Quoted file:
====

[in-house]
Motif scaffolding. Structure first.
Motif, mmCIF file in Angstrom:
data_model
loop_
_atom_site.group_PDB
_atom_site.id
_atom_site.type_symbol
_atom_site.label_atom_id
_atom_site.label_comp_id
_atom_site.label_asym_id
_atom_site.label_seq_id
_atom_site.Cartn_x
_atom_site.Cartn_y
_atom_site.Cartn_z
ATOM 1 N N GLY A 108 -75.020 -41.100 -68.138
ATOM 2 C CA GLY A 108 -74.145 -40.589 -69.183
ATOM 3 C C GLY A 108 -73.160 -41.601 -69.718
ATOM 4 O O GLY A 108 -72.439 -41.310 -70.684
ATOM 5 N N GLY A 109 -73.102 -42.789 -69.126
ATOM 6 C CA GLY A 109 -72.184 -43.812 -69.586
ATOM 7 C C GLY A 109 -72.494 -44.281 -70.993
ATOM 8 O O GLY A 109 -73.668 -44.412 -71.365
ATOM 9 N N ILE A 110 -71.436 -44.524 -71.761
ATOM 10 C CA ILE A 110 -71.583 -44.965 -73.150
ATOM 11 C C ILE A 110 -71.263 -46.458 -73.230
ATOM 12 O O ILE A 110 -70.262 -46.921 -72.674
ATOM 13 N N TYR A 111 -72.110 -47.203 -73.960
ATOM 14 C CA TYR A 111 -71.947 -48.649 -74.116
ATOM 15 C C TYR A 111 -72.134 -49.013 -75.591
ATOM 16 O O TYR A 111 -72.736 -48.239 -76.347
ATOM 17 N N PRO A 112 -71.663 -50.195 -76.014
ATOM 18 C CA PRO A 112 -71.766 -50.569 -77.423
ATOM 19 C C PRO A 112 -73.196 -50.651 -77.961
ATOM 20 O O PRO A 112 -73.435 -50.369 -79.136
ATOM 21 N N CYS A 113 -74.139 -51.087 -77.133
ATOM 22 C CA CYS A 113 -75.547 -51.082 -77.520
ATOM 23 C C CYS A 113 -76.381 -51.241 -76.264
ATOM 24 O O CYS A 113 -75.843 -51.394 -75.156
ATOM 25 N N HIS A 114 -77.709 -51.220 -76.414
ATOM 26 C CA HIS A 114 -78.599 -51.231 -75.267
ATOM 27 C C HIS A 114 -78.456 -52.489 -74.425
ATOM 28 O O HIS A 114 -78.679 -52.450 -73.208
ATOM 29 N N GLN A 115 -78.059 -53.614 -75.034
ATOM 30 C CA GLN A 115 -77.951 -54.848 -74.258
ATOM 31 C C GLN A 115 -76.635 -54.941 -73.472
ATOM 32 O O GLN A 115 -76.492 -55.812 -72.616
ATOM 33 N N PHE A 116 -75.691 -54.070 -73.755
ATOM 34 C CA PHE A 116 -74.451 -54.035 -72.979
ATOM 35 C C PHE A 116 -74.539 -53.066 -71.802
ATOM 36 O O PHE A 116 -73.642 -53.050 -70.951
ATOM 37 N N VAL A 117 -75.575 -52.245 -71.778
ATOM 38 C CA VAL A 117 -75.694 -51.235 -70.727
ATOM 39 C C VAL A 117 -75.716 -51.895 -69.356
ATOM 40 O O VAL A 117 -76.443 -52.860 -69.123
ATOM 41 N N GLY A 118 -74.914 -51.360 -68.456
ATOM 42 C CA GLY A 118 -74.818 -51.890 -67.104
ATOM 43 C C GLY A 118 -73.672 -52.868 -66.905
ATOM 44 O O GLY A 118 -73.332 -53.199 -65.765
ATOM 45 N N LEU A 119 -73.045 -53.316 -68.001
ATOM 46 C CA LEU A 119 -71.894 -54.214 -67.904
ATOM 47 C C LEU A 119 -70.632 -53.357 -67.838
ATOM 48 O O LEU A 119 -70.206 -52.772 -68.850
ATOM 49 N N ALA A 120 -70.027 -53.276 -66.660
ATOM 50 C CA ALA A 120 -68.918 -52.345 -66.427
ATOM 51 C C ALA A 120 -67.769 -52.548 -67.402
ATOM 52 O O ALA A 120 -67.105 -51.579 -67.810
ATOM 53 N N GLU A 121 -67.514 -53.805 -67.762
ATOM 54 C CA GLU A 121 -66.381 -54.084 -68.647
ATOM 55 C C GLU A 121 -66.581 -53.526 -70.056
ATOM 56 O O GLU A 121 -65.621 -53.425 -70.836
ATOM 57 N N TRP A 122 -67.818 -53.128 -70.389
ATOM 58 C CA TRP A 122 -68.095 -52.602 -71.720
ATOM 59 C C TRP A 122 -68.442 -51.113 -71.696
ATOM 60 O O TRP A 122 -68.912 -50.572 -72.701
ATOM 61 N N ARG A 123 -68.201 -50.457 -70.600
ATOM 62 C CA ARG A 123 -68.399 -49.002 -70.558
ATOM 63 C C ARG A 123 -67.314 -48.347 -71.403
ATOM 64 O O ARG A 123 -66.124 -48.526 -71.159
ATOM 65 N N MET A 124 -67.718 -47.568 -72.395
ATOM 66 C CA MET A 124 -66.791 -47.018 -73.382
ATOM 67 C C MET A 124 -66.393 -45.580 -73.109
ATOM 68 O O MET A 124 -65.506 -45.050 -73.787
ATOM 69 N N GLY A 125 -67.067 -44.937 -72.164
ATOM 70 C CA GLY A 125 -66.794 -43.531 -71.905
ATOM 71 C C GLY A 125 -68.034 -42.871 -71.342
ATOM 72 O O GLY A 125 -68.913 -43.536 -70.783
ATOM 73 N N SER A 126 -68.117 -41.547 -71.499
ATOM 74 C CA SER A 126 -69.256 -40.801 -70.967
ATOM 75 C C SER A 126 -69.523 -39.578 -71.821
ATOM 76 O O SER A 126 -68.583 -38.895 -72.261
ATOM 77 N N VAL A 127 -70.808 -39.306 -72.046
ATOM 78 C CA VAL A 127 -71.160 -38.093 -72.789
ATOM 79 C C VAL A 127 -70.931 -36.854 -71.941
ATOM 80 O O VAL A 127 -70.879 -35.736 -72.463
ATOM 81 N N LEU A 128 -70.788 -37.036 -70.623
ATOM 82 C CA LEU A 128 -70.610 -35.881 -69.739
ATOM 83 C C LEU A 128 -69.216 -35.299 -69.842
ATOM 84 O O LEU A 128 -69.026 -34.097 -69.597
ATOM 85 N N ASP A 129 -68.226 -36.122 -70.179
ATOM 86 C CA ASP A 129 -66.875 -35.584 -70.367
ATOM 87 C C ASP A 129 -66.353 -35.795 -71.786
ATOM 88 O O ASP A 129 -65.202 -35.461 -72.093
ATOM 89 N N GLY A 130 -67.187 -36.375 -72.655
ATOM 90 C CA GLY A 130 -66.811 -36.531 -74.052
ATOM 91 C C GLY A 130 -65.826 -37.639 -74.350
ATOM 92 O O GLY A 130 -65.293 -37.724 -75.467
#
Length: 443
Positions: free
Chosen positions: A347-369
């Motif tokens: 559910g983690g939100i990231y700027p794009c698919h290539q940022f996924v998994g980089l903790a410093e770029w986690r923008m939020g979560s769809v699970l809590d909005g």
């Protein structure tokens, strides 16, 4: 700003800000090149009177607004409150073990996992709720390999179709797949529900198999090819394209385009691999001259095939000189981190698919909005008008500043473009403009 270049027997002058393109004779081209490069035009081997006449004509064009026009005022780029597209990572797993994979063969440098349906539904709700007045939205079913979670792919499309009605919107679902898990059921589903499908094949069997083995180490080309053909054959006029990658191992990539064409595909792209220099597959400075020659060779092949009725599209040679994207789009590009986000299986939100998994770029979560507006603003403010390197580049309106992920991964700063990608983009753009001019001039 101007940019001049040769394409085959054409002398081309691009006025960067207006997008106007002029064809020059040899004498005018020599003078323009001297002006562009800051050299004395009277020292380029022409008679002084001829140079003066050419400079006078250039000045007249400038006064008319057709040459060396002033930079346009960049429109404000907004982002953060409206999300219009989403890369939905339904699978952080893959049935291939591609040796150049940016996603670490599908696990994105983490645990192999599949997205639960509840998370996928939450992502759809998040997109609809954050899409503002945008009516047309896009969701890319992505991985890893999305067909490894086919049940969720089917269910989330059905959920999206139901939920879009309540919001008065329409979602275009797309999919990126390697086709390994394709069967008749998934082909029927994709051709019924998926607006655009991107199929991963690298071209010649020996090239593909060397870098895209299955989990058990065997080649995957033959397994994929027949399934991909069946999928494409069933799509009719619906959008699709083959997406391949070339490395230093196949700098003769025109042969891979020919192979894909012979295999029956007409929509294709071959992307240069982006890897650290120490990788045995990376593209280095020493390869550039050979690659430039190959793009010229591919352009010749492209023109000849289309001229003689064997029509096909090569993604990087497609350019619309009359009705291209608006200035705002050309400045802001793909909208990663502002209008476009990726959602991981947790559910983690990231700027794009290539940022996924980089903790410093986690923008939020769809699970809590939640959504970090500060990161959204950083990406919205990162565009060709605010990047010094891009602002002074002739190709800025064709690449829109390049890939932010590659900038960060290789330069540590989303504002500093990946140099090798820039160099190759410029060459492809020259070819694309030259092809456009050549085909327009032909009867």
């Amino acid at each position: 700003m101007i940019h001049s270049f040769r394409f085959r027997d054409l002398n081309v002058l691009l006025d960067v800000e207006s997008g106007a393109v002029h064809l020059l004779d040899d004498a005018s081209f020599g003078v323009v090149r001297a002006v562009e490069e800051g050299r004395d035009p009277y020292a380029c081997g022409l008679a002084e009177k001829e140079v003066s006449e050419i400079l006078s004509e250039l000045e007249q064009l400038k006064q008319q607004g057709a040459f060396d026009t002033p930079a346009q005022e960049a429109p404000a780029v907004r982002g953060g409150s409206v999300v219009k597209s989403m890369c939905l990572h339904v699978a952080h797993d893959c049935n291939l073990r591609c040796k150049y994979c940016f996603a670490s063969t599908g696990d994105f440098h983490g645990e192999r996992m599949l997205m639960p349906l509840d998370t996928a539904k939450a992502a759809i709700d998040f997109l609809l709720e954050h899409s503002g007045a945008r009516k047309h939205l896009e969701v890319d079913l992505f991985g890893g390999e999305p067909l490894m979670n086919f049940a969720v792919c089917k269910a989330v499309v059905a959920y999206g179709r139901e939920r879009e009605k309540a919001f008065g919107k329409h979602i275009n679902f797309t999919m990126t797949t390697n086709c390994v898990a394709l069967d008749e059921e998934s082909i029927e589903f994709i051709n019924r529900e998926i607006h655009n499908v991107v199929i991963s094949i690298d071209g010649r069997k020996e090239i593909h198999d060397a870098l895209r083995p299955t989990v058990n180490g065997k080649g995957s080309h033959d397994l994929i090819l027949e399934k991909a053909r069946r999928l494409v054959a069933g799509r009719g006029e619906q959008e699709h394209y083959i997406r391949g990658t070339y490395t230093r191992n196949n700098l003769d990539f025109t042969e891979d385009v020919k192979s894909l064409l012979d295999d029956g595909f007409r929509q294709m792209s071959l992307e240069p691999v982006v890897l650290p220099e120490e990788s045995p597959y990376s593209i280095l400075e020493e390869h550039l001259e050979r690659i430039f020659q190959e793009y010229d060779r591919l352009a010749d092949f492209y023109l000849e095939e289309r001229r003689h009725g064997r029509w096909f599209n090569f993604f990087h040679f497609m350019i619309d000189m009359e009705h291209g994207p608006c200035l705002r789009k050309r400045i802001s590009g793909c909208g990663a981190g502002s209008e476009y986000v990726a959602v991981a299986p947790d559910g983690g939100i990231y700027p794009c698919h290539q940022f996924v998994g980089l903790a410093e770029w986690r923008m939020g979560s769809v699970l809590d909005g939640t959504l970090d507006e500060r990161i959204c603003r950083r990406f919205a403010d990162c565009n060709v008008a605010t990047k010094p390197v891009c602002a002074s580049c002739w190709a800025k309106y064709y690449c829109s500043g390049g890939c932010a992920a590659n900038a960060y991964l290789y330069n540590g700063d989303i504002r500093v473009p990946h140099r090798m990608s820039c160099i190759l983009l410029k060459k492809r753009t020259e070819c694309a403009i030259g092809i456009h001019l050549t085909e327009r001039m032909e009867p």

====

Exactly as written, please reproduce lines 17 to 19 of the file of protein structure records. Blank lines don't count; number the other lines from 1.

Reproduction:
ATOM 2 C CA GLY A 108 -74.145 -40.589 -69.183
ATOM 3 C C GLY A 108 -73.160 -41.601 -69.718
ATOM 4 O O GLY A 108 -72.439 -41.310 -70.684